Hebron, Sansana, South Hebron Hills, Tarqumiya, Tue 30.6.09, Morning
Trans.: Revital S.
Sansana: The sand lorries are at work. There are no family visits while we're there. The stall keepers tell us that yesterday was very busy here and that the last worker crossed only at half past nine, which is very unusual. We asked them again to ring us in real time. Two people cross the CP while we're there and they look and sound as if everything is ok.
Barely any traffic.
No detainees at any of the city's CPs - the House of Dispute, the Pharmacy, Curve 160, Tarpat, Tel-Rumeida, Abraham Avinu Neighborhood, under the Cordoba School stairway or the Patriarchs' Tombs' Cave. Apart from the children milling about doing nothing, the city seems entirely deserted and it is very hot. In the parking lot of the Patriarchs' Tombs' Cave, Jewish music is blasting away and the store keeper is complaining. They've given up the idea of retaliating with loud music of their own. They're afraid and for good reason.
We stopped to say hello to a family we know close by the Pharmacy CP. Some mothers told us that the soldiers stationed there are showing youngsters from the neighbourhood pornographic sites on their mobile phones. This is not a cultural gap, but inadmissible behaviour in any culture.
At Qufaisha quarter, on the road leading to Give'at ha-Harsina, we go into the office at the factory to talk to James, a London-based reporter, who plans to shoot a movie on MachsomWatch. The factory owner tells us that a Border Police soldier, driving Jeep (licence plates: 61116) forbade them to use the pitchfork outside the factory, thus making it impossible for them to transfer raw material past the CP, because Palestinian traffic is not allowed there. The officer to whom our interlocutor complained told him that it is illegal to forbid the use of such machinery for work purposes, but the he keeps being harrassed by the Border Police. We asked him, too, to let us when things actually happen, so that we may be able to do something in real time.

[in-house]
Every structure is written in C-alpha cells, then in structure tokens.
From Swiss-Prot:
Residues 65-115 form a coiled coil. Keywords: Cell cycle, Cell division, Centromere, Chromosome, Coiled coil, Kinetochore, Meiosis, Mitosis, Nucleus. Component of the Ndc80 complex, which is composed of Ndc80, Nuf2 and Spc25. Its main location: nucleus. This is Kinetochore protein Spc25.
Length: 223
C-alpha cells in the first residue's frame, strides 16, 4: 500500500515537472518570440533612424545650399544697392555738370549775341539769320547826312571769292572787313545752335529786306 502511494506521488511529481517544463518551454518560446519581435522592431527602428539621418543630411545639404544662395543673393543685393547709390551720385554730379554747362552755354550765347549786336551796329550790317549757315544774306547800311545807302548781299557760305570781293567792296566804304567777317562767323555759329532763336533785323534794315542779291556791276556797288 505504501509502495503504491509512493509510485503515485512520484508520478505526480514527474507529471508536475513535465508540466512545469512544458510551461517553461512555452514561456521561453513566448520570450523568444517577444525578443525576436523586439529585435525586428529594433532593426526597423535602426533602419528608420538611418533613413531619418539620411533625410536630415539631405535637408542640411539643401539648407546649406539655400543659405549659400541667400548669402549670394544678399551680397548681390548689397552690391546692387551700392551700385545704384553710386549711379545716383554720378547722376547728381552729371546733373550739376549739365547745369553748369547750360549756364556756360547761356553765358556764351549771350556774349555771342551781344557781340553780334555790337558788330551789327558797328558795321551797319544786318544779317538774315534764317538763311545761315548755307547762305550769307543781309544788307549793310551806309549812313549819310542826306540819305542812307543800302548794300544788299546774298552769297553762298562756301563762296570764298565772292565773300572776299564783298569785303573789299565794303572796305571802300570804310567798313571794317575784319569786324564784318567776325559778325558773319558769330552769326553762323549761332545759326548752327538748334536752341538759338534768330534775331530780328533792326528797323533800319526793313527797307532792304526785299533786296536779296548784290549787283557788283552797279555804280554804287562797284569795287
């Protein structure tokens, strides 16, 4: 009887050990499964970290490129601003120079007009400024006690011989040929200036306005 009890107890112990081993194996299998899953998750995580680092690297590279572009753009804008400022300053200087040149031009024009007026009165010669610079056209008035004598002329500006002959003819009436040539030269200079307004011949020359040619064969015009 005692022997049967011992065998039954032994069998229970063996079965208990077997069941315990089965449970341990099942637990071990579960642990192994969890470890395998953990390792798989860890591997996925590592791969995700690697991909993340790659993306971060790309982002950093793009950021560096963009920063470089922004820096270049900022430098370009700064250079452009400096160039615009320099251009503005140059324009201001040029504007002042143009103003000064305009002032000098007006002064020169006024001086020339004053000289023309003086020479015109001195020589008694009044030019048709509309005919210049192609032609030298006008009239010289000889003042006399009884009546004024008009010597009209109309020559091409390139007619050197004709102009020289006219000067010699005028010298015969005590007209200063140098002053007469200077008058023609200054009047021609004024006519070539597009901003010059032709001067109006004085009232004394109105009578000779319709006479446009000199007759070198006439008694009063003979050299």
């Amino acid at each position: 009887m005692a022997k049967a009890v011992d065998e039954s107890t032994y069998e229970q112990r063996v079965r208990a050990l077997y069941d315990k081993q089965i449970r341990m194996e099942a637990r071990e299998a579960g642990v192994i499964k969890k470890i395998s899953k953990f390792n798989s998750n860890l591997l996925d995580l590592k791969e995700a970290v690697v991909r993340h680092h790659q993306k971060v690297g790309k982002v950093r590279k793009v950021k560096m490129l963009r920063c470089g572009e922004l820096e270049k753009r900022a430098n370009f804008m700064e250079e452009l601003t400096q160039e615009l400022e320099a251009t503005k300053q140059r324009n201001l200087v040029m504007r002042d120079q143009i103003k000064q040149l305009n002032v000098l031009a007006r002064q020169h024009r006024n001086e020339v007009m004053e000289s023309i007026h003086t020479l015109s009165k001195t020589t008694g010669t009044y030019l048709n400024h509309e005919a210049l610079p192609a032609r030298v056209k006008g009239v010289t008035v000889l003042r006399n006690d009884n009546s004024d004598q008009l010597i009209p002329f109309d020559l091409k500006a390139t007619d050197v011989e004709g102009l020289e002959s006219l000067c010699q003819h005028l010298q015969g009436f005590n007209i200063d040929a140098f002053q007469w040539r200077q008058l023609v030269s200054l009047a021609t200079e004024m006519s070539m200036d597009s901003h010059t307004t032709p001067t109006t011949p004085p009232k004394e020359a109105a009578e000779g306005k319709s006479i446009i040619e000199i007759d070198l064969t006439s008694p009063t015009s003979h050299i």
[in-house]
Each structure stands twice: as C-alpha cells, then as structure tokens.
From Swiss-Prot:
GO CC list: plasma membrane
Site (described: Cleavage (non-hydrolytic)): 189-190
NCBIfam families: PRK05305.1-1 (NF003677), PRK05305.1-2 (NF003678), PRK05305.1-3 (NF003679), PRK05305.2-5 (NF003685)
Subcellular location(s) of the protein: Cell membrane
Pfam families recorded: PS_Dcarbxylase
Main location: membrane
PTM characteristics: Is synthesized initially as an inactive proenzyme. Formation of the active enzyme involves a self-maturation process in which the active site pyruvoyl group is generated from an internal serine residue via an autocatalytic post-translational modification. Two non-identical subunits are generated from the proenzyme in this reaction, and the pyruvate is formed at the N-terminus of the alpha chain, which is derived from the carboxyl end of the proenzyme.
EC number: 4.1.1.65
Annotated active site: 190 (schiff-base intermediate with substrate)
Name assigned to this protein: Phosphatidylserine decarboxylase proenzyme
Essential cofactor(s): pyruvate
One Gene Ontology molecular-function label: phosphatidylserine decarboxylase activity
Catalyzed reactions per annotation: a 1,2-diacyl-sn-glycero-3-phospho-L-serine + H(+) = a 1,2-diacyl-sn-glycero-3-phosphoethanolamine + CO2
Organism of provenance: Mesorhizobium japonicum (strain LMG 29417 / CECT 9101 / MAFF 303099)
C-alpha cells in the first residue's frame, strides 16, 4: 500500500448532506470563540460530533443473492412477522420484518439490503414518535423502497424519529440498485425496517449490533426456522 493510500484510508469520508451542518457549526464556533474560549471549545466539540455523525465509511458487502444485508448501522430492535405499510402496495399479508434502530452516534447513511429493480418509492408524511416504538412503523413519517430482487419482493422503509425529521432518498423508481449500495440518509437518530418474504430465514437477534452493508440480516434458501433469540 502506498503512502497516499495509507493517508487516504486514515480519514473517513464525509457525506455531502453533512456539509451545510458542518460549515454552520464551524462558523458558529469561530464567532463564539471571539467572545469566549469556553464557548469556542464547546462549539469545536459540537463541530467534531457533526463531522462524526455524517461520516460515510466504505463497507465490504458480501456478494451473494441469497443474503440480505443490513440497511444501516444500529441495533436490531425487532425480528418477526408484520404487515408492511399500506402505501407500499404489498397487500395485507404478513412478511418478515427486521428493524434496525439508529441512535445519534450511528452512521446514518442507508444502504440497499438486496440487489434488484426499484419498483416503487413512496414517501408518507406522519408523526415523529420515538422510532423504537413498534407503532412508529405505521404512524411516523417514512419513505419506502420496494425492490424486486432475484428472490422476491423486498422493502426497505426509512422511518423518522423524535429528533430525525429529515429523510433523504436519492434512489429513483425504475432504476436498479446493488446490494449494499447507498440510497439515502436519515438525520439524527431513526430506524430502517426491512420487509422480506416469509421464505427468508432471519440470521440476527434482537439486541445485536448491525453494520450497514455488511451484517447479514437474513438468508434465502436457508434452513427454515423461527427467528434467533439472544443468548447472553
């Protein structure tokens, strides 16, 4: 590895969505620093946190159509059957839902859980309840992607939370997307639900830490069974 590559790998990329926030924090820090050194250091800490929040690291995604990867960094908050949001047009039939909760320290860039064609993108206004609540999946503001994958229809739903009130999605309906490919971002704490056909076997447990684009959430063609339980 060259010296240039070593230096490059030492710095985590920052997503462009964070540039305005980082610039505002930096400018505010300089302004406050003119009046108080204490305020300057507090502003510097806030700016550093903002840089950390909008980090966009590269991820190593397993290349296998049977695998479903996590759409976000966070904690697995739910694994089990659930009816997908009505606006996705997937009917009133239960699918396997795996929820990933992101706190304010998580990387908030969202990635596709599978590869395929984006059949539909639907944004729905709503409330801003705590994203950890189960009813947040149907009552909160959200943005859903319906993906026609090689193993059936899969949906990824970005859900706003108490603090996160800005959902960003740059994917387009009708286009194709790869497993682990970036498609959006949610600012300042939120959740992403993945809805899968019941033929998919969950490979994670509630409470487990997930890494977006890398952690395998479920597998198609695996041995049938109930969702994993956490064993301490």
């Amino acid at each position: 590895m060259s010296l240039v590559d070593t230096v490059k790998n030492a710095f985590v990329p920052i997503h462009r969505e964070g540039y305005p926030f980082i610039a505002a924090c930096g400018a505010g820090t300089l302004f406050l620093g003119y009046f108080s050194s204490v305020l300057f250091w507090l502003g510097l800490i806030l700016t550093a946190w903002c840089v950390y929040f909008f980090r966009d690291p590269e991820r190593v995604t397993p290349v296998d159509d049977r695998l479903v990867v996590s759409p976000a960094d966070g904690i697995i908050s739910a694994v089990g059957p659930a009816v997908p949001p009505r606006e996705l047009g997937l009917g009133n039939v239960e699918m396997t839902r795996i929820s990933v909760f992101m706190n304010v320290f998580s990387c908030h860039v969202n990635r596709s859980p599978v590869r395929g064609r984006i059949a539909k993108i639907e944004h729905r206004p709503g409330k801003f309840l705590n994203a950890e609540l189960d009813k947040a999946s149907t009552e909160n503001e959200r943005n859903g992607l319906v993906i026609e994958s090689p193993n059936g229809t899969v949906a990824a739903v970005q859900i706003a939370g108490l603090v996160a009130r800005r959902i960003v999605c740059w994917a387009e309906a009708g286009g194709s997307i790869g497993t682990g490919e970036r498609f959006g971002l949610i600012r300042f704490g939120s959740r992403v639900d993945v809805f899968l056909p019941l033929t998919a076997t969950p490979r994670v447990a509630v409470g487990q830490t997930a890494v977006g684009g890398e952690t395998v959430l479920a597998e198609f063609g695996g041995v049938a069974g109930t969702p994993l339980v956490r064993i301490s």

There are distinctly more Palestinian vehicles than the usual.
At the Idna-Tarqumiya grocery we're told that the "life arrest" procedure is no longer implemented and only sporadic inspections are carried out.
At the old Tarqumiya CP many lorries are queuing to cross and there's still no shade, toilets or drinking water anywhere. We know that authorization processes are in progress.
Across from Hirbat Tiwani we see a lot of military vehicles, soldiers and two civilian buses. We stop to inquire and are told it's a hike for the Yehuda Brigade and a settlers' college. They are walking pleasantly along, their rifles dangling, in the usual symbiosis of the settlers and the army, to see (the settlment) Carmel's water pool. Children sit on the Hirbat Tiwani hills but no Carmel people are to be seen anywhere around. The Lords of the Land enjoy themselves, never stopping to ask for permission. One officer was telling us what they were about to do, when a colleague silenced him, saying we're traitors.